Healthy food relies on healthy soil

Alejandro Tecum. Photo courtesy of Adelante Mujeres.

By Robin Stephenson

There is a kind of reverence in Alejandro Tecum’s voice as he points out the rich, dark soil responsible for the burst of sweet juice one gets when biting into one of Mago Reyes’ strawberries.

Tecum taught Reyes sustainable farming techniques through a 12-week course at Adelante Mujeres. He wants everyone—eaters and growers— to understand that healthy food relies on healthy soil.

Growing up around agriculture as a child in Guatemala, Tecum, now 60, has a passion for soil education. Through the Oregon nonprofit, Adelante Mujeres, which supports Latina farmers, he has built a curriculum around regenerative farming.

Soil is an often overlooked but key element of a food system—a topic Bread for the World has put at the center of this year’s Offering of Letters. After centuries of harmful farming practices, such as tilling and adding synthetic chemicals, one of the world’s most vital natural resources for human life is in danger.

“The soil is depleted. It’s in a bad condition,” Tecum said. “So, we need to give it life again.”

Soil depletion is one facet of climate change that is transforming our planet and driving hunger. As soil health has declined, so has the nutritional content of our food. According to the 2020 Hunger Report, “by the end of the 20th century, a person needed to eat three apples to obtain the same amount of iron as eating just one apple grown during mid-century.”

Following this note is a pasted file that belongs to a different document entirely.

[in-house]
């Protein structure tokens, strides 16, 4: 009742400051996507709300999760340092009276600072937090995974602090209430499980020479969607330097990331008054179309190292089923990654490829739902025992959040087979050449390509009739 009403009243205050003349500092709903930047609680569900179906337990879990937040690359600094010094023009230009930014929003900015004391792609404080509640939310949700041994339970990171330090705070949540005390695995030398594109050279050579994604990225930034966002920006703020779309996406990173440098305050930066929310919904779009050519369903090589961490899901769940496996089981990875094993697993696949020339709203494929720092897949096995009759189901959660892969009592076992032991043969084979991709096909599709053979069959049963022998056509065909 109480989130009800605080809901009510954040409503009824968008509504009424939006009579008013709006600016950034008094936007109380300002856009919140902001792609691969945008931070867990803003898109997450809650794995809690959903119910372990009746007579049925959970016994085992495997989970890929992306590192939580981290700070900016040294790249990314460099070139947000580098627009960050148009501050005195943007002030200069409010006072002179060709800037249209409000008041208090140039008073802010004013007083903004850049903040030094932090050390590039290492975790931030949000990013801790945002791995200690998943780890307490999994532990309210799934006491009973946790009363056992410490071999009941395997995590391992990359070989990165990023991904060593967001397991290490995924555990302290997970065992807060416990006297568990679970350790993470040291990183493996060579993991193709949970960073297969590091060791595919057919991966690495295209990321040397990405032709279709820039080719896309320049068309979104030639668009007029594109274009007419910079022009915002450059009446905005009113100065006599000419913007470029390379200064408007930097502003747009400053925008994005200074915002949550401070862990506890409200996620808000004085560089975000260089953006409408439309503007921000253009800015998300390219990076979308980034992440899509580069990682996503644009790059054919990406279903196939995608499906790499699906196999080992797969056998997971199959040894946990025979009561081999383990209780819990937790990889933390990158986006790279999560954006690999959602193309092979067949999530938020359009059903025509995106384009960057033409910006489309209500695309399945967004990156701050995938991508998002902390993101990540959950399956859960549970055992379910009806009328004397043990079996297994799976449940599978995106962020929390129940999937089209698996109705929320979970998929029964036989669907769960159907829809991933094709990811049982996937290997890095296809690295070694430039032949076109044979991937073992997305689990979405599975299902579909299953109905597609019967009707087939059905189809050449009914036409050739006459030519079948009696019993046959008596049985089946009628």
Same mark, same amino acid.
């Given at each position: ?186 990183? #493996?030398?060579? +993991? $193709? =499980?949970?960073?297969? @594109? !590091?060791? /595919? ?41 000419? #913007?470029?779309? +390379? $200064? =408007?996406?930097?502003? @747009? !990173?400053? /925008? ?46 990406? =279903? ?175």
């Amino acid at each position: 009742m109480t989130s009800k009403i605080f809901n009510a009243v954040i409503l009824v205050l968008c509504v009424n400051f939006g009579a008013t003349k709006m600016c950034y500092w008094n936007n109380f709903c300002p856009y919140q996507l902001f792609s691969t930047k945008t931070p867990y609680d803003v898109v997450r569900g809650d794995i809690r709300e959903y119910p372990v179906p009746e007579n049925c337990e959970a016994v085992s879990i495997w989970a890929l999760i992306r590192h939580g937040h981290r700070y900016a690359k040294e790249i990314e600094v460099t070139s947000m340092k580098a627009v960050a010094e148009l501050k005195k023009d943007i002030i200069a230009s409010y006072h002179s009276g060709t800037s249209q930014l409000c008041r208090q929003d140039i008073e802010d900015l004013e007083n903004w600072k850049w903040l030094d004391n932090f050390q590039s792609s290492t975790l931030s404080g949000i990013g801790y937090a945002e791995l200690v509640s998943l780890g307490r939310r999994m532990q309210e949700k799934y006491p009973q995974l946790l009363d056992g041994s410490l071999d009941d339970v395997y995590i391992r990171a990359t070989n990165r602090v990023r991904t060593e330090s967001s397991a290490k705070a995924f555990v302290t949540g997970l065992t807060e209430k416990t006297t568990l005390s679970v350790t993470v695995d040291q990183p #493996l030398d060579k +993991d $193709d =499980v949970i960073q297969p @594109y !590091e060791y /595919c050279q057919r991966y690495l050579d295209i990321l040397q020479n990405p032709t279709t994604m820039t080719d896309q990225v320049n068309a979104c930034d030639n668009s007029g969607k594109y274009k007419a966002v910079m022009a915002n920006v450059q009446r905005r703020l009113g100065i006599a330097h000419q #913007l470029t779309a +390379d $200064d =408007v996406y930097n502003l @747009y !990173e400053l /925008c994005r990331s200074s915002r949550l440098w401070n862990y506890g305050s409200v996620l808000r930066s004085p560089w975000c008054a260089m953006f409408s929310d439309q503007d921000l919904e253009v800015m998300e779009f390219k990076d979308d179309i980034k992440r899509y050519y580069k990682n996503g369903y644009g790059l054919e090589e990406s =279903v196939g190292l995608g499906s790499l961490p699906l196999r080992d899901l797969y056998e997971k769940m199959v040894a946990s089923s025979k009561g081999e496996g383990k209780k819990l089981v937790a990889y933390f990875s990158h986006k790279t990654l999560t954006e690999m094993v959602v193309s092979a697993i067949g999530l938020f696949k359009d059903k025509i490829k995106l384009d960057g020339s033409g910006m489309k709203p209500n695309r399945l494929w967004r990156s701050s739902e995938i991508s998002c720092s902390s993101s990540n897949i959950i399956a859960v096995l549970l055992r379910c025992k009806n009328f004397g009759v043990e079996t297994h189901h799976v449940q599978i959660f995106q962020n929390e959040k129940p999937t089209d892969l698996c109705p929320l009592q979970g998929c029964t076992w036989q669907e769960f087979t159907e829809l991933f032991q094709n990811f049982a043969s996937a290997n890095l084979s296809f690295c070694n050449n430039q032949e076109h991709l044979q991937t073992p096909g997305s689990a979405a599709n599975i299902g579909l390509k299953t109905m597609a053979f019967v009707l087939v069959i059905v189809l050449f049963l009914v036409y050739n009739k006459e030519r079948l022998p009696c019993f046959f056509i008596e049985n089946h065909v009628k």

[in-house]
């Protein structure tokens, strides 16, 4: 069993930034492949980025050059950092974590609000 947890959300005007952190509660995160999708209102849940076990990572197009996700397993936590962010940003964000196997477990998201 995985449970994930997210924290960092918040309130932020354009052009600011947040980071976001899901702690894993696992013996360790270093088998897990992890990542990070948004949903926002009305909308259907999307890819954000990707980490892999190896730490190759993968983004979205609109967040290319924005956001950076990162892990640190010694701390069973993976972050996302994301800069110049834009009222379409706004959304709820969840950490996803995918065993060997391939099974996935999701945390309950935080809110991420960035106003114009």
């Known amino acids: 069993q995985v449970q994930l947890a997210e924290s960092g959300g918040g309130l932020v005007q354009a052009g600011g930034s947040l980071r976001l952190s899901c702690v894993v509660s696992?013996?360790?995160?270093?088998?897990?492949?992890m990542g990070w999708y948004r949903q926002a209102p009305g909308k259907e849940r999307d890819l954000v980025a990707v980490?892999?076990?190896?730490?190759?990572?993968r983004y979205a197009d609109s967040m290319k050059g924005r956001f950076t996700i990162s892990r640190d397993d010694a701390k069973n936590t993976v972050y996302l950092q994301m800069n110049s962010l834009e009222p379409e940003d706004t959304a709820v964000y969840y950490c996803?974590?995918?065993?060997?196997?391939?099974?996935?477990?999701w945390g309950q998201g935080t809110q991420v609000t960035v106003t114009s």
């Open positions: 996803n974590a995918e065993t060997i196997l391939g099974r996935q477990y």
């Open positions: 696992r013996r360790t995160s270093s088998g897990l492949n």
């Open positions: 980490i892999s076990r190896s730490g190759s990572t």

Without a new approach that mends our food system, hidden hunger—when the quality of one’s food doesn’t meet the nutritional standards needed to thrive—will only increase. For example, zinc deficiency already causes 450,000 deaths among children every year. Without regenerative interventions to reduce carbon in soil, scientist project that by 2050 more than 130 million people will be at higher risk of zinc deficiency.

According to the Hunger Report, we can rebuild soil and build a healthier food system through new climate-smart techniques. Awareness that the foundation of agriculture is not just dirt, is a first step to Tecum. He talks about the soil as a hive of activity that must be respected.

“Underneath the plants, there are thousands of microorganisms doing their work,” he explains.

According to Tecum, microorganisms are part of the biodiversity that not only keep soil healthy, but create the environment where nutrients multiply. When it comes to growing healthy food, he believes they are just as important as the farmer.

Tecum uses a microscope to show his students this hidden world. He warns them about the danger of tilling: “When you turn the soil, you kill all your coworkers.”

There is an urgency to his teaching. “In a recent conference, the UN Food and Agricultural Organization warned that if conventional agriculture continues its current way of treating the soil, the world could run out of topsoil in 60 years due to soil erosion and depletion,” Tecum said. “Without topsoil, land cannot grow food, hold water and absorb carbon.”

“We have to make people understand that the lifestyle we have now, it’s not the right one,” he says. “We need to change the way we are eating, what we are eating, where our food is coming from.”

Tecum believes that love is essential to change the food system, to overcome the materialistic impulses that drive behavior. “If we don’t love the earth, and if we don’t love each other,” he asks, “what can we give the next generation?”

Robin Stephenson is senior manager for digital campaigns at Bread for the World.


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